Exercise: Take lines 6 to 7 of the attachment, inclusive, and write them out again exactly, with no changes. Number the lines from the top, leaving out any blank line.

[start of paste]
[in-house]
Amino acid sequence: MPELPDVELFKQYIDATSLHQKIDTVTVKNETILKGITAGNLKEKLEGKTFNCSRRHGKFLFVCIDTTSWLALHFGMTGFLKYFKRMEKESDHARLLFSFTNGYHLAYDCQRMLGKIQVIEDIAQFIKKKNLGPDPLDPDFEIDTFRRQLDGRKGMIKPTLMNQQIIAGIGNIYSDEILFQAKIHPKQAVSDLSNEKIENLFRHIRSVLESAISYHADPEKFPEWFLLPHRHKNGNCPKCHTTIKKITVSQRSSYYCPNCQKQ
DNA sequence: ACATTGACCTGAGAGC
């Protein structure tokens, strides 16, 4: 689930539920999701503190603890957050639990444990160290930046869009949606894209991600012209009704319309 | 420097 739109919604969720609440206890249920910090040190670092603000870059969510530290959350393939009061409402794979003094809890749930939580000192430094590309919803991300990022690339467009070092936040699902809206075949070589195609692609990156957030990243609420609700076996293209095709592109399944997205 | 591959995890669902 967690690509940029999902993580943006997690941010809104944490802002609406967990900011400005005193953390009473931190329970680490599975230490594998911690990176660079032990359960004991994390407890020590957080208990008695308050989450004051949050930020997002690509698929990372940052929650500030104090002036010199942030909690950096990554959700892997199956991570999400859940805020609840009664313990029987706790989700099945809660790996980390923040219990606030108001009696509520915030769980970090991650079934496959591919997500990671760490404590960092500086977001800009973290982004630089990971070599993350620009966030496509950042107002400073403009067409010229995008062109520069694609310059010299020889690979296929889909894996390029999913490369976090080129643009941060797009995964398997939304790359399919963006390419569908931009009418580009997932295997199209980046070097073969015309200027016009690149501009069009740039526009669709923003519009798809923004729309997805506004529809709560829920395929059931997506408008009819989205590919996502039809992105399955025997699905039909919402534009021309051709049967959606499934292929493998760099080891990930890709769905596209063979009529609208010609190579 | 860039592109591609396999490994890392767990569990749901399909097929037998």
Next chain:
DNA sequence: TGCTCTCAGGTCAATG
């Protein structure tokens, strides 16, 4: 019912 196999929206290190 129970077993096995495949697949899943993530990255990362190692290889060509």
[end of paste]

DNA sequence: TGCTCTCAGGTCAATG
């Protein structure tokens, strides 16, 4: 019912 196999929206290190 129970077993096995495949697949899943993530990255990362190692290889060509």